African American Cemeteries Forum
African Cemetery at Key West, Florida
The Key West African Memorial Committee announces the installation and unveiling of a State of Florida Historical Marker on Saturday, March 24, 2001 in our island city marking our newly discovered African Cemetery, finally, after 141 years.
It is the only known African cemetery in this hemisphere. In 1860 three American-owned slave ships approaching Cuba, their destination, from Africa were captured by the U. S. Navy and brought into the nearest American port, Key West.
Over 1,400 survivors from the slave ships arrived at Key West, then with a population of only 3,000. They were cared for by the local population and U. S. officials but nearly 300 never left Key West, perishing here from diseases of the hold. Over 300 had died on the ships before their capture by the Navy; hundreds more afterward, on the voyage from Key West to Liberia the same year.
The 294 Africans that died at Key West were buried on what is now a public beach. Two years after their burials a Union fortification (in Confederate Florida!) was built on the site, and the cemetery, which was located quite a distance from the "town" at that time, was completely forgotten with this event and the war. The fortification, somewhat in ruins, still exists.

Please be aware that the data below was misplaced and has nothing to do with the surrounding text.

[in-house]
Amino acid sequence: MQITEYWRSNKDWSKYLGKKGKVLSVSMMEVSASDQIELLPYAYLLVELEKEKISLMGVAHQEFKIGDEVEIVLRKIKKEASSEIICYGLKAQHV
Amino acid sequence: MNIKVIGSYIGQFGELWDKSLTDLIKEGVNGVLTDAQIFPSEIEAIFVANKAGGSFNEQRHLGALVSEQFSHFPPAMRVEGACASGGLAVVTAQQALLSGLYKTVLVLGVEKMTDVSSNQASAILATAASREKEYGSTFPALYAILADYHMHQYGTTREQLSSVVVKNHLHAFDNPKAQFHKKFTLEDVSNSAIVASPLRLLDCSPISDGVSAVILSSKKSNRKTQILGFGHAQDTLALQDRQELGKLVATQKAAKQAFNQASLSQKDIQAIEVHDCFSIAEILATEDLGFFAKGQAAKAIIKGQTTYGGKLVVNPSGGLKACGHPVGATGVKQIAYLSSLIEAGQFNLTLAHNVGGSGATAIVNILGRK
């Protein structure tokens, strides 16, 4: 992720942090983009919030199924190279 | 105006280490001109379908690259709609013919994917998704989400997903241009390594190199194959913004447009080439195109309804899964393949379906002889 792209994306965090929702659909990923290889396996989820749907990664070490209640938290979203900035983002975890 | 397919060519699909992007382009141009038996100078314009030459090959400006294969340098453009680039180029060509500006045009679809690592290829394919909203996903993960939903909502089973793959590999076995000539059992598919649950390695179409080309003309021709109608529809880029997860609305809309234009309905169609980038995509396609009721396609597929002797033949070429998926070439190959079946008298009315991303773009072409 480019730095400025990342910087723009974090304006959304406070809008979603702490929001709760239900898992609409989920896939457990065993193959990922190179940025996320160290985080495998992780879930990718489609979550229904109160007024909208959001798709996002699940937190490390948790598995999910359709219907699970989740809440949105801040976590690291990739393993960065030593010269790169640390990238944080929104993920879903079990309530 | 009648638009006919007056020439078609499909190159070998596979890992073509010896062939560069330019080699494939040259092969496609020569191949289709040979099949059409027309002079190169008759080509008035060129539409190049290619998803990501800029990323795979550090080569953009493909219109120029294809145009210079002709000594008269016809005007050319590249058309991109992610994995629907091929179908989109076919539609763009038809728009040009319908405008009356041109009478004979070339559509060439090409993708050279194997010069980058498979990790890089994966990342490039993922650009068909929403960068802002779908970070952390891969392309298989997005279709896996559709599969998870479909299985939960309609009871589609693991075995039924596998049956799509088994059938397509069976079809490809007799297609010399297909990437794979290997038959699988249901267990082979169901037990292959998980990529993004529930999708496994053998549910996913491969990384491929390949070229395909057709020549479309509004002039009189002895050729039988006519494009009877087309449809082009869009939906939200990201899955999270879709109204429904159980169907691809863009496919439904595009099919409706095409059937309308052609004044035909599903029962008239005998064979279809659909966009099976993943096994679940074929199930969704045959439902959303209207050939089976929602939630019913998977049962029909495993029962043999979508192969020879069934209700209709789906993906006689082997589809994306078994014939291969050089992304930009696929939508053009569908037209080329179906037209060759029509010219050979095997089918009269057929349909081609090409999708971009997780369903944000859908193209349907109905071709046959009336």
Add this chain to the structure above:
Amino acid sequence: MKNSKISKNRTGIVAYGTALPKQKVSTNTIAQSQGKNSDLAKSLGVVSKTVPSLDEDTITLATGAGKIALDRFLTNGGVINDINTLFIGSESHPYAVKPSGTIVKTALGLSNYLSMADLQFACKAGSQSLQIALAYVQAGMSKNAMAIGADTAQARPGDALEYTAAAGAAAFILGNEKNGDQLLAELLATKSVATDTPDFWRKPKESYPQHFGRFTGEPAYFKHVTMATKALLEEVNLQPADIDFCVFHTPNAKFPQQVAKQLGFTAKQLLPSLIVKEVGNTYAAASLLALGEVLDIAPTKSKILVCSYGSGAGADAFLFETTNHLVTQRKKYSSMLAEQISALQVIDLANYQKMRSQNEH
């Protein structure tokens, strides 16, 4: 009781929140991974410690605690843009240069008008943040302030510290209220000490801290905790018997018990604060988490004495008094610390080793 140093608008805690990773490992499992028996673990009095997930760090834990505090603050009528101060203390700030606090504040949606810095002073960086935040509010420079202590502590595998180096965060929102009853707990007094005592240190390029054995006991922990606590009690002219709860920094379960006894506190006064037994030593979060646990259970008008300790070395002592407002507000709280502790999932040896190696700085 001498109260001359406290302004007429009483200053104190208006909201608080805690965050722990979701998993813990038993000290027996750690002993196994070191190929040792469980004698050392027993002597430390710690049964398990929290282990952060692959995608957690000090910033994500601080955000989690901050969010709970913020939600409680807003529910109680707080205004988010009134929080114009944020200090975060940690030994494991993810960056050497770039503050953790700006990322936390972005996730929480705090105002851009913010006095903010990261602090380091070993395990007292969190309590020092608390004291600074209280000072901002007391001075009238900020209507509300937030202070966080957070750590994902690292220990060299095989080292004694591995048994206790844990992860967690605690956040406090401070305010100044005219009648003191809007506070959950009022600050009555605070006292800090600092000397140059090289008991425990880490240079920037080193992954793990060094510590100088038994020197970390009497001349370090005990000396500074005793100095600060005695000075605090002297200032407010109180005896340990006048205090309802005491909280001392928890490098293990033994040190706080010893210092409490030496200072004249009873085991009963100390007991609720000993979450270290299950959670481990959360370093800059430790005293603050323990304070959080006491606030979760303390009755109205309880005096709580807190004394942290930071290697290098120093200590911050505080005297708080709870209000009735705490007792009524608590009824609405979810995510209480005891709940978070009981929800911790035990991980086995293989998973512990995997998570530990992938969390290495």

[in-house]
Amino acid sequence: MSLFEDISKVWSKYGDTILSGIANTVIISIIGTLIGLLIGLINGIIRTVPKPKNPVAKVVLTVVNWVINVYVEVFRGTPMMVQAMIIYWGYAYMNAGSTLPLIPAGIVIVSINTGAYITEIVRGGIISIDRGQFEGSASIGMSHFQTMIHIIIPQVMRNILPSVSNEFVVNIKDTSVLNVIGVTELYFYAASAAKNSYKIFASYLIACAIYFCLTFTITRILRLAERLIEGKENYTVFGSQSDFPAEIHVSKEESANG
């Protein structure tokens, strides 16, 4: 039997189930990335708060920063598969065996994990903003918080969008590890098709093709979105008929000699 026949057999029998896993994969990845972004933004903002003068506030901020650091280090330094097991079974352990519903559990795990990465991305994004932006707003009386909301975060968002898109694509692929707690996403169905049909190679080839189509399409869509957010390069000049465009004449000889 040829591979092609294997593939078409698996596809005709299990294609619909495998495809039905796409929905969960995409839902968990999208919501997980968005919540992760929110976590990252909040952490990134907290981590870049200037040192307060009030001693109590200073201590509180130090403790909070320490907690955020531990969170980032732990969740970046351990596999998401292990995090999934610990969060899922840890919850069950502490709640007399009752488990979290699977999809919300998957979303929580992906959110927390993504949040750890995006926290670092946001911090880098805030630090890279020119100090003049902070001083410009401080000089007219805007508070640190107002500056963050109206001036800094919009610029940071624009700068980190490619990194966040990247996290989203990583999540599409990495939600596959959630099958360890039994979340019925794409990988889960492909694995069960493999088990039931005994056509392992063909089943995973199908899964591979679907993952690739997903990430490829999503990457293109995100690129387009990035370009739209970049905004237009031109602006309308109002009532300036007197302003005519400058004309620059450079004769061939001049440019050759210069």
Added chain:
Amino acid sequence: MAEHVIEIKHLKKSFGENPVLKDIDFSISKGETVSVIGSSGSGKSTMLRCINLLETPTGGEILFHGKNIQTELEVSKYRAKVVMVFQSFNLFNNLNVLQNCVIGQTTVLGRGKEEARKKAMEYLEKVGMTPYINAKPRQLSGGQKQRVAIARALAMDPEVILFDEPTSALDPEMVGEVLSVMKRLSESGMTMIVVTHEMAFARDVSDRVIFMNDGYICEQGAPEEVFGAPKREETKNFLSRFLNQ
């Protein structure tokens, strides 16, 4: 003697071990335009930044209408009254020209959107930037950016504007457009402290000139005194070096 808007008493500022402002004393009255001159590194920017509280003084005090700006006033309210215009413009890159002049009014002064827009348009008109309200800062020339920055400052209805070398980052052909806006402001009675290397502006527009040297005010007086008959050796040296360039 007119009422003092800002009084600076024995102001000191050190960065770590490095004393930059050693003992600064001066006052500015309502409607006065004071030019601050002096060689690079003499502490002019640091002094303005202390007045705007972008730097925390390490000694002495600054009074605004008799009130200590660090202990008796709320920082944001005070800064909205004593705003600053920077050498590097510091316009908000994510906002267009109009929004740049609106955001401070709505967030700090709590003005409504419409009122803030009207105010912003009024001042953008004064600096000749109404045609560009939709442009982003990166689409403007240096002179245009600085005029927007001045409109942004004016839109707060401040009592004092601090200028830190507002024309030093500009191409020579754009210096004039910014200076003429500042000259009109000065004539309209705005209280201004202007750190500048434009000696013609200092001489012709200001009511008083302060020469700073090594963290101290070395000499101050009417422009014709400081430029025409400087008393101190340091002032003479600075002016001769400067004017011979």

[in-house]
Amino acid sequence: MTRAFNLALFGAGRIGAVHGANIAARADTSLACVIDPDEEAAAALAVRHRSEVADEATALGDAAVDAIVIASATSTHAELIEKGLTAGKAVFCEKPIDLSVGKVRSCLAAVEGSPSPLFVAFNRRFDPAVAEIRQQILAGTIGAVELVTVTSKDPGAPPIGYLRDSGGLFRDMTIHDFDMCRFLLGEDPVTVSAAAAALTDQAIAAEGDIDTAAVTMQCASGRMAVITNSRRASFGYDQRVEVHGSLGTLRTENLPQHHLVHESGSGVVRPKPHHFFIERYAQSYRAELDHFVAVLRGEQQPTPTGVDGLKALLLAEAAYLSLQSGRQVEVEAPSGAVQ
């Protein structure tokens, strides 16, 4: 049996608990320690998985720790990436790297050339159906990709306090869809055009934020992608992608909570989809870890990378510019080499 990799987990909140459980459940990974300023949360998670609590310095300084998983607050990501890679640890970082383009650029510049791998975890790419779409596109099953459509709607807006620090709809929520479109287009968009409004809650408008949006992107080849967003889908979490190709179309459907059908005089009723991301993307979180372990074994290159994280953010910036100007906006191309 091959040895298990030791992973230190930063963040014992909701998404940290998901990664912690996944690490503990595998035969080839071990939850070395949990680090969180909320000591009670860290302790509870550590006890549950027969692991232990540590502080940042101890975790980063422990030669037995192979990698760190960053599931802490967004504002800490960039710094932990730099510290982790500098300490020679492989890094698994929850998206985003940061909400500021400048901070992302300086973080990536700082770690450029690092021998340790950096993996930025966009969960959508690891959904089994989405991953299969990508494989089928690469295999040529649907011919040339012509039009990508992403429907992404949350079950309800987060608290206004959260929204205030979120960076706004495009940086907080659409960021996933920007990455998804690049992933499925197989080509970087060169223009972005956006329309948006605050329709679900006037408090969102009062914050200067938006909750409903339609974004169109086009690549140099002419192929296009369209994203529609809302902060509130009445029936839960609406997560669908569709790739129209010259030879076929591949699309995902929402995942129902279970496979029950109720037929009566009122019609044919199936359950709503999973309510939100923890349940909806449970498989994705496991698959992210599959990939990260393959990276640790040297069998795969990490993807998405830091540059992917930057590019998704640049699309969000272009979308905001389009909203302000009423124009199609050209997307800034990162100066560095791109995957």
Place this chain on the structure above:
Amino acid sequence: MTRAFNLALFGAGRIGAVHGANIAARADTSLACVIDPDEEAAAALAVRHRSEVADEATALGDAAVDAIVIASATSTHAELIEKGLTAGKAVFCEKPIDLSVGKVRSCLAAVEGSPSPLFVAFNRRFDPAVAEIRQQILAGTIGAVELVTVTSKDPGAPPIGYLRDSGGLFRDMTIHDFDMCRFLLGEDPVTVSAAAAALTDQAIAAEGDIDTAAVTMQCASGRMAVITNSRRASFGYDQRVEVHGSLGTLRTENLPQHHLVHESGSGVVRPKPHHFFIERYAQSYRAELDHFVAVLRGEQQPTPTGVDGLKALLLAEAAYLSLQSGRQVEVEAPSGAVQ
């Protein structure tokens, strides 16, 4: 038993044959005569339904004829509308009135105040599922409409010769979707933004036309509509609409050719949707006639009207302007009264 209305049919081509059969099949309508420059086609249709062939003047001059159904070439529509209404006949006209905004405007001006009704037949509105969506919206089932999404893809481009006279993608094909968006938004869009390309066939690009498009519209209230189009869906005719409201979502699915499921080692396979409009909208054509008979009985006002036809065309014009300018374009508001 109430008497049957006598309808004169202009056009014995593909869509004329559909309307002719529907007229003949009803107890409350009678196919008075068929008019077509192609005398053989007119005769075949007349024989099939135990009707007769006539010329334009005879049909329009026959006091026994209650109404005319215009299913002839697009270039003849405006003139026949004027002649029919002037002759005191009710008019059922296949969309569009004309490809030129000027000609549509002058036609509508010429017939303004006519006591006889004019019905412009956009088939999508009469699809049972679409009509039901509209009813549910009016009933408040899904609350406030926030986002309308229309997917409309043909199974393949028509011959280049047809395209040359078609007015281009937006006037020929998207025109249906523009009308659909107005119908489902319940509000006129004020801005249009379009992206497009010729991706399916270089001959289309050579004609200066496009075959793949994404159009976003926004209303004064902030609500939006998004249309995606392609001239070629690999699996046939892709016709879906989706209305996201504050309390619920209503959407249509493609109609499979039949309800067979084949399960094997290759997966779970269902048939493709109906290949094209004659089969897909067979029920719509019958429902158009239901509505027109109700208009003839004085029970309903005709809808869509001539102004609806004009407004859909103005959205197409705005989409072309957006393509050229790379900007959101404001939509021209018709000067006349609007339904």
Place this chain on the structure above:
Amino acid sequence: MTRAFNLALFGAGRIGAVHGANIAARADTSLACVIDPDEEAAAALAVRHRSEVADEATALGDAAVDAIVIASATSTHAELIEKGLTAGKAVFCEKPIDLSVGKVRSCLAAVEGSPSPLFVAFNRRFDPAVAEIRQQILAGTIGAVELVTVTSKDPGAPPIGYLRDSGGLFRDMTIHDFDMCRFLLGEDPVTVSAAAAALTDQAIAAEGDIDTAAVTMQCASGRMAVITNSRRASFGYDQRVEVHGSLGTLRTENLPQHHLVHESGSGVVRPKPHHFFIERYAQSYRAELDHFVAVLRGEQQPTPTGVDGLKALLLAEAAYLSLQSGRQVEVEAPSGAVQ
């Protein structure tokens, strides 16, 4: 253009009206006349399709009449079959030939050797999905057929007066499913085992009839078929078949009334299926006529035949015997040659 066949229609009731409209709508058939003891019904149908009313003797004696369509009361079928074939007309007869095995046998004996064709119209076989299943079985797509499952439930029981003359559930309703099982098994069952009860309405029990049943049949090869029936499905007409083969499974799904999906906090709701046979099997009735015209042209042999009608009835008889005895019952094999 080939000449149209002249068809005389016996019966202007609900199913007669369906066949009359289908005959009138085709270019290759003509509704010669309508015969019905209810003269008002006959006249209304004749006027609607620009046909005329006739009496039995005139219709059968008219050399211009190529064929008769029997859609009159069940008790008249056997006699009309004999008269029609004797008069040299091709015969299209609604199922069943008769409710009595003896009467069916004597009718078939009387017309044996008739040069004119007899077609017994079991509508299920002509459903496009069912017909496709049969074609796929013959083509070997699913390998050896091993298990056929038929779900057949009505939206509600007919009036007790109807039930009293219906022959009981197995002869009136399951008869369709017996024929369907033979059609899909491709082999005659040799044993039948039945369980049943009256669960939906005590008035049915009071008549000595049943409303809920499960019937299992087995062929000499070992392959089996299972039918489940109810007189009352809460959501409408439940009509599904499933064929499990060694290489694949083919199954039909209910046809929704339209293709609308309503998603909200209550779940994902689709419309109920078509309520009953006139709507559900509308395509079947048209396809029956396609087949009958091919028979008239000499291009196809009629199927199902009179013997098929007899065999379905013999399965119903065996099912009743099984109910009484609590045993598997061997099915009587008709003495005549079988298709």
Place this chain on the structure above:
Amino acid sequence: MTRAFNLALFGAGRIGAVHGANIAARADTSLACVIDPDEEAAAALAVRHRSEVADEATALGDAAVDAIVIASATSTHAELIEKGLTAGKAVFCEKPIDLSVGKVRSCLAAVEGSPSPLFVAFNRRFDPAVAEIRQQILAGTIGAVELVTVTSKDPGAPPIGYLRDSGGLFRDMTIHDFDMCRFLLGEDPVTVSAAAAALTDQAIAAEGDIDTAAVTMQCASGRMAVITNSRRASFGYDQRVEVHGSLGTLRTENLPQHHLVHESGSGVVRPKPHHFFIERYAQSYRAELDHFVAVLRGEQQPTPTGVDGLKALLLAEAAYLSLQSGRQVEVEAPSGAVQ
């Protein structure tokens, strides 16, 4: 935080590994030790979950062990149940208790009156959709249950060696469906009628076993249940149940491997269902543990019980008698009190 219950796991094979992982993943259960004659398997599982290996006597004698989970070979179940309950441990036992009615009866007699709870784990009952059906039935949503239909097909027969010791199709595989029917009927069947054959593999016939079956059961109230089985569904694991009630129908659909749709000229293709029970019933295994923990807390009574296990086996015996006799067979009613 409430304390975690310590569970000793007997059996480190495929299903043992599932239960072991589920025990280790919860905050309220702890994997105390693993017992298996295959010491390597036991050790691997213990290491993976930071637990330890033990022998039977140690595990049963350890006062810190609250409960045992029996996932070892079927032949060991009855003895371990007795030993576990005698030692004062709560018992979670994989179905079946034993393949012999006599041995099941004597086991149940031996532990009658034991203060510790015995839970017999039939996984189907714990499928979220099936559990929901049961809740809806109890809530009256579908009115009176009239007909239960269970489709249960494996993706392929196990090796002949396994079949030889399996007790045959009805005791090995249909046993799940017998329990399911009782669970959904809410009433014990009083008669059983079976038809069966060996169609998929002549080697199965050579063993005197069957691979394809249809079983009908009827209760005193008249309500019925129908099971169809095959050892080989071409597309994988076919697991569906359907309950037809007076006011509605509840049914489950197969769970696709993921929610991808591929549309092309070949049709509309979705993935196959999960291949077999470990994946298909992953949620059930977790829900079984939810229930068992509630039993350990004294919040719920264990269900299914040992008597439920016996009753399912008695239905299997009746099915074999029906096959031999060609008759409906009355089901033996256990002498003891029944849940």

In addition to the historical marker we would like to build a world-class memorial to the Africans who lived in Key West for some 80 days, and who died here, along the outside walls of the fort (West Martello Tower). We need intellectual, emotional, and financial support to accomplish this. Contact me directly; we are preparing more information to be distributed soon.
Gail Swanson, Historian